EE PhD Oral Examination - Thomas O'Sullivan, Wednesday, June 16, 2010; 10:00am

Tom O'Sullivan tdo at stanford.edu
Fri Jun 4 14:26:28 PDT 2010


Stanford  University  Ph.D. Oral Examination

  

Title: Implantable fluorescence sensor for continuous molecular monitoring in live animals

  

Thomas D. O'Sullivan

Department of Electrical Engineering

Research Advisor:  Prof. James S. Harris

  

Date:  Wednesday, June 16th, 2010

Time: 10:00 am (Refreshments 9:45am)

Location:Clark  Center  Auditorium (below the patio)

http://campus-map.stanford.edu/index.cfm?ID=07-340

  

Abstract:

  

Molecular imaging is an established technique used to visualize and 
quantify functional information about biological processes in living 
systems. Specifically, the ability to image fluorescence is a powerful 
tool considering the wealth of fluorescent probes/proteins that are used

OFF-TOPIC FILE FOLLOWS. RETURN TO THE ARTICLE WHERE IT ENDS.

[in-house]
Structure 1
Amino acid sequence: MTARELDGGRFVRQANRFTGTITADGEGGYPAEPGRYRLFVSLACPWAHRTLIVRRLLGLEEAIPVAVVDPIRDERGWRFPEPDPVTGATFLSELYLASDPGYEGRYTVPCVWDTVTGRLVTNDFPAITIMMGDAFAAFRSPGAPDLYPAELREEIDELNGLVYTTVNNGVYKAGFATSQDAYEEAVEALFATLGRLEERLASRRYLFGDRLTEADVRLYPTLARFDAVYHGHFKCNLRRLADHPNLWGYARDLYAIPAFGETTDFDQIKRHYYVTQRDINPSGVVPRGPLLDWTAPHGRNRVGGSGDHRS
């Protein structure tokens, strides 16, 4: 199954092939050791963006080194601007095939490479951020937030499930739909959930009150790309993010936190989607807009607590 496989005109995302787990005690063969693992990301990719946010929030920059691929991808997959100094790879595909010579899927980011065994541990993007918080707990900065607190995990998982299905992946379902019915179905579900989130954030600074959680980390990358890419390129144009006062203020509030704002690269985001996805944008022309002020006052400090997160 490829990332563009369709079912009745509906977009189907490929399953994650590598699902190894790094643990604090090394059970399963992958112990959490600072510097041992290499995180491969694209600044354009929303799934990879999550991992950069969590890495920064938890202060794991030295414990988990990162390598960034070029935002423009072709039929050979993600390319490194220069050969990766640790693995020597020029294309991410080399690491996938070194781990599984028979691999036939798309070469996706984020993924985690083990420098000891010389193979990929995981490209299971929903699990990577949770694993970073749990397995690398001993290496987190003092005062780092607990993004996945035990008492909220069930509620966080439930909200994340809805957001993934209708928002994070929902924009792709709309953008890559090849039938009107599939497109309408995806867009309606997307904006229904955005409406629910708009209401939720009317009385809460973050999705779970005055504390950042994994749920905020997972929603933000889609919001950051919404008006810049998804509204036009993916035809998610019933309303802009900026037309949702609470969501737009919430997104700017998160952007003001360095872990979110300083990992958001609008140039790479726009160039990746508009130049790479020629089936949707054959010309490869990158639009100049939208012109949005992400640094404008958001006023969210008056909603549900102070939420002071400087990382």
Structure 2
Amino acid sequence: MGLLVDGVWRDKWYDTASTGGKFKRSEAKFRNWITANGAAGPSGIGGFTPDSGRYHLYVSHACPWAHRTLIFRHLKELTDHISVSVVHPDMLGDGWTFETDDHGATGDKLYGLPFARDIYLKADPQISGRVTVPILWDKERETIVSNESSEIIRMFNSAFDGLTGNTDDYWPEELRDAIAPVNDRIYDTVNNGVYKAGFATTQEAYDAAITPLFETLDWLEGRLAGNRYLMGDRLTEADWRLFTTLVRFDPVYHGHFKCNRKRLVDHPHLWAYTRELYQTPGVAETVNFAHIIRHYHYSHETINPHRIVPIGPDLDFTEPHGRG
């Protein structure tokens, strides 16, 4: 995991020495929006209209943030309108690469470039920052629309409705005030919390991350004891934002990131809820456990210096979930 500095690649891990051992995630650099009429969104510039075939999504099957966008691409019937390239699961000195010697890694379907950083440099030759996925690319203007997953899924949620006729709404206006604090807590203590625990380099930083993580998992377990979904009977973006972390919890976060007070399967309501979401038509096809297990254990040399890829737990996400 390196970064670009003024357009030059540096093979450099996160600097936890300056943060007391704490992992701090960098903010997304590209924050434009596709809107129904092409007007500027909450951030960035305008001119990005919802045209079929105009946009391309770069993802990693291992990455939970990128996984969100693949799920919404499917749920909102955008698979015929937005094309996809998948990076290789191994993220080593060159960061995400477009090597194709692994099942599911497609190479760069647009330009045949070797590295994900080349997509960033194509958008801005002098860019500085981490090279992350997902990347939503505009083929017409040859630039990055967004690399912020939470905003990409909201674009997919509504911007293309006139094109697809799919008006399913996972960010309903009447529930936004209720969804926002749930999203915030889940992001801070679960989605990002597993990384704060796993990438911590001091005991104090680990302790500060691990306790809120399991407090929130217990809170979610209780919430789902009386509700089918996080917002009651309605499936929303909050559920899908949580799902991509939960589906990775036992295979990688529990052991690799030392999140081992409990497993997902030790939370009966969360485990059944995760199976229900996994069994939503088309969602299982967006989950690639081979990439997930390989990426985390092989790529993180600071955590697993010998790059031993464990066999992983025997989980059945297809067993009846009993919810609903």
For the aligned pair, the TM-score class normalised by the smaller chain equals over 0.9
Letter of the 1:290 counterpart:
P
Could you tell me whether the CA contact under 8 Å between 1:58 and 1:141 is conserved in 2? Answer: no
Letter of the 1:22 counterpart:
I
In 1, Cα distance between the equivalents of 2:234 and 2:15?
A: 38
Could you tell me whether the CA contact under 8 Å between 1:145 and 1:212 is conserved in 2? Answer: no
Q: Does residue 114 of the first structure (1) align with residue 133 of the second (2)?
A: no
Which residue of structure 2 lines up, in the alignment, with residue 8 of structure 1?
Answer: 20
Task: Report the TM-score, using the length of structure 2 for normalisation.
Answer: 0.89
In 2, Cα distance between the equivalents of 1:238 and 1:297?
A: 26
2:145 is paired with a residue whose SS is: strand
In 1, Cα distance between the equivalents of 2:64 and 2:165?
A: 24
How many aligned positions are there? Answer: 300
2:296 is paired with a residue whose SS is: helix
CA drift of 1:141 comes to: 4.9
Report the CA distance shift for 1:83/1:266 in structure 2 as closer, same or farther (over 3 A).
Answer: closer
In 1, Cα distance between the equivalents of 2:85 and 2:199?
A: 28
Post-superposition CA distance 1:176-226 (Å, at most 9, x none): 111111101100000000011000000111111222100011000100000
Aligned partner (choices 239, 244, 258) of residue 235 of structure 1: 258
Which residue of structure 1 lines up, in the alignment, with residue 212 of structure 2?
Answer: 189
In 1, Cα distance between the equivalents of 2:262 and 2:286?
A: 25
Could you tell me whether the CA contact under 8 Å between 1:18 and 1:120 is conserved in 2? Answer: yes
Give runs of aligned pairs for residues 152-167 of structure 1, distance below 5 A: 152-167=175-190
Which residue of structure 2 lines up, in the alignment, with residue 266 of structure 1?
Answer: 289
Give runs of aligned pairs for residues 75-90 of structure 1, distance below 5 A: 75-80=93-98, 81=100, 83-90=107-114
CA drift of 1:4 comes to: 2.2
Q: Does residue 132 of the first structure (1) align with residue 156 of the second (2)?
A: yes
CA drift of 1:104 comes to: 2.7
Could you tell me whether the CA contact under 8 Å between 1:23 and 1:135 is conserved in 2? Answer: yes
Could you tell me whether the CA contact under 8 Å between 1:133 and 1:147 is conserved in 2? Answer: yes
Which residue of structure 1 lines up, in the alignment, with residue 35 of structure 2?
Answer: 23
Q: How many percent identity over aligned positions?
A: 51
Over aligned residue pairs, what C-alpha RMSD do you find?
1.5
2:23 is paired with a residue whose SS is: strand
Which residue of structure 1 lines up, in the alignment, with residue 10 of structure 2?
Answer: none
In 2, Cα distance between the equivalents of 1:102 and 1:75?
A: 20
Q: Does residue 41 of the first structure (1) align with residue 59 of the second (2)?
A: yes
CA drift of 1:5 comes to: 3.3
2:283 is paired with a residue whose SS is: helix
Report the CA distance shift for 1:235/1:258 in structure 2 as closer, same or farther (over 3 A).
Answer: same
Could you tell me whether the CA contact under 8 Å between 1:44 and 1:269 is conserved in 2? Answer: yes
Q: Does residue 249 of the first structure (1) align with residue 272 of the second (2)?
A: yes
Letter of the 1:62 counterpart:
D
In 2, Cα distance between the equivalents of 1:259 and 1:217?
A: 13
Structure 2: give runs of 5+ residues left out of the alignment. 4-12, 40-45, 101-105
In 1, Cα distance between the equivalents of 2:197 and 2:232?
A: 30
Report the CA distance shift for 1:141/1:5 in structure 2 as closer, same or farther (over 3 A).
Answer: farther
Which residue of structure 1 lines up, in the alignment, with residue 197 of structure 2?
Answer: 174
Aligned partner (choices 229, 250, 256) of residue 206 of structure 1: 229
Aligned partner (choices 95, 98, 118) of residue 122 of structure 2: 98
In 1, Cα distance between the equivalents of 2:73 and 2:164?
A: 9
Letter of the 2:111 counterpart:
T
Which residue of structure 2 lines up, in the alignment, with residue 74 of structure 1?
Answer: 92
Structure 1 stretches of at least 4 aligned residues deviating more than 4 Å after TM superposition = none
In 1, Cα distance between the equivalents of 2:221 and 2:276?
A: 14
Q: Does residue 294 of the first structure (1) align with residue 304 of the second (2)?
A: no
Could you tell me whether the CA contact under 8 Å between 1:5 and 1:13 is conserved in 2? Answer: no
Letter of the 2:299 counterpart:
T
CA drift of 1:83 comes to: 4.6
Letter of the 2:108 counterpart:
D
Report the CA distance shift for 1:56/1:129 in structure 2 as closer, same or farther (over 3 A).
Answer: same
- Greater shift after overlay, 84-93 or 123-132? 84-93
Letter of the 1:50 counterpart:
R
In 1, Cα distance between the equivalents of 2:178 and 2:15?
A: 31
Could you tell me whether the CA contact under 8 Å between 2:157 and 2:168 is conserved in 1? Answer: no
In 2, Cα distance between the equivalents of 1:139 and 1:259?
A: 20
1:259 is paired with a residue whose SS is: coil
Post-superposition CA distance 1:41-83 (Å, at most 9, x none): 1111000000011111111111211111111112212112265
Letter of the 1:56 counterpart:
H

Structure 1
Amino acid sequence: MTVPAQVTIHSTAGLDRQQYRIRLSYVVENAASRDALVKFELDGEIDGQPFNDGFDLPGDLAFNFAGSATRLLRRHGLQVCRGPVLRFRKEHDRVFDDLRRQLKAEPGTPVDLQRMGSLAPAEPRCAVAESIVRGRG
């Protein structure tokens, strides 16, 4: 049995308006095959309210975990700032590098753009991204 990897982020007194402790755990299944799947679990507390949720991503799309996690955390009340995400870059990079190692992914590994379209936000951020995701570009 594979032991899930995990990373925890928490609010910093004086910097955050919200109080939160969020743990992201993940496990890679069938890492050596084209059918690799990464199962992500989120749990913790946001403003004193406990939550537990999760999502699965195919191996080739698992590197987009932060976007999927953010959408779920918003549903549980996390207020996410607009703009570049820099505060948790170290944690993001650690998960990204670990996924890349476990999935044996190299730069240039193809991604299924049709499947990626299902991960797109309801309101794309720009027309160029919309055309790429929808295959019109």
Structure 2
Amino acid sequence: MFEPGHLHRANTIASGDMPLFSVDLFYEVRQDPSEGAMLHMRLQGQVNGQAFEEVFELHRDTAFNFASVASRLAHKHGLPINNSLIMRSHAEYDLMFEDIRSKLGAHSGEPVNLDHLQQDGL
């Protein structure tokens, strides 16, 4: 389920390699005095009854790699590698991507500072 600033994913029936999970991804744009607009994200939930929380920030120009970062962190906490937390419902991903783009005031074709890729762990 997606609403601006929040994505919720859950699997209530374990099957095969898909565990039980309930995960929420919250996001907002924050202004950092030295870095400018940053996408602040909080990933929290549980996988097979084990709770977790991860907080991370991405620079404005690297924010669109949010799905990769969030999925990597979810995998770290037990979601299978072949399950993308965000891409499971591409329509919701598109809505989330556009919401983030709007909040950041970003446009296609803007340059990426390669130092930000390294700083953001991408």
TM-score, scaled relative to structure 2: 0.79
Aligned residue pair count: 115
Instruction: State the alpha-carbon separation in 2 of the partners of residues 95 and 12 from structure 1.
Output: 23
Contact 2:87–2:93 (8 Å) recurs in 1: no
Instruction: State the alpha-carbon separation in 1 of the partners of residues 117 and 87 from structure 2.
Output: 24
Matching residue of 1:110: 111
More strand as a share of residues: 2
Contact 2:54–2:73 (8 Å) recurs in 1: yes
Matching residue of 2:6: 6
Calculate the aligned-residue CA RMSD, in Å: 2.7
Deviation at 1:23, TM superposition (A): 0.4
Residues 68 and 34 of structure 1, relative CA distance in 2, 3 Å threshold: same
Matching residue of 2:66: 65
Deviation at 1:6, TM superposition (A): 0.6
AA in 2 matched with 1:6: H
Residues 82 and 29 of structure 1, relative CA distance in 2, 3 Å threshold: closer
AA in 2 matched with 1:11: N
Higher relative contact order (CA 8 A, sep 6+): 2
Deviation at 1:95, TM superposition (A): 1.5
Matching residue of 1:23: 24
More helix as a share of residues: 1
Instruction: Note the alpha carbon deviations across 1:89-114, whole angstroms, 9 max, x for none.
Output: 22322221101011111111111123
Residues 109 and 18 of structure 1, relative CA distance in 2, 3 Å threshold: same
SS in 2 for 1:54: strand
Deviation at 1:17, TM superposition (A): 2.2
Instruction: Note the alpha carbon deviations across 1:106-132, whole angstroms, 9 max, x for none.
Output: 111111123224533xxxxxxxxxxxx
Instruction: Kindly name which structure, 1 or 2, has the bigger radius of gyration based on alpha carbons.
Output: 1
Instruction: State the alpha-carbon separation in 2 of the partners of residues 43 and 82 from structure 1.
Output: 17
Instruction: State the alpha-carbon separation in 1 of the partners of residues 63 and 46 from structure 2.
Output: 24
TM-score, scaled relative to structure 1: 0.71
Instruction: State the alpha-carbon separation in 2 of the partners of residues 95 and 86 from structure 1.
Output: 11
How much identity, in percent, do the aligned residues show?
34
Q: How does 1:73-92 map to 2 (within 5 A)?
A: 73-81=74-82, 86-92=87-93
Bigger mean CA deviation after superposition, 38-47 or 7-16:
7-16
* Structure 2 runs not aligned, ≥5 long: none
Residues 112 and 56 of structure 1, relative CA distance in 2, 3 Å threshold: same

in drug discovery and therapeutic evaluation, in studying development 
and treatment of cancer, in tracking stem cell growth and proliferation 
in small animals. Fluorescence sensing is also an emerging technique for 
use in humans.

Current approaches to detect fluorescence in vivo rely on devices which 
use bulky instrumentation, generally requiring anesthetized animal 
models, and restrict sensing to discrete snapshots in time. Thus, there 
is need for continuous, long-term monitoring of fluorescent probes. In 
this talk, I present our design and fabrication of a miniaturized 
fluorescence sensor for direct implantation which enable continuous and 
long-term sensing in freely-moving subjects.

The monolithically-integrated, laser-based sensor incorporates the basic 
optical components of a fluorescence system for sensing Cy5.5 
fluorescent dye. I will discuss the materials and microfabrication 
challenges overcome to achieve the compact integration, as well as the 
device sensitivity to /in vitro/ and /in vivo/ concentrations of Cy5.5. 
I will present our efforts and the benefits of using the sensor to 
monitor the binding kinetics of a molecular probe in cancer tumors and 
will demonstrate continuous sensing with the sensor implanted in live mice.

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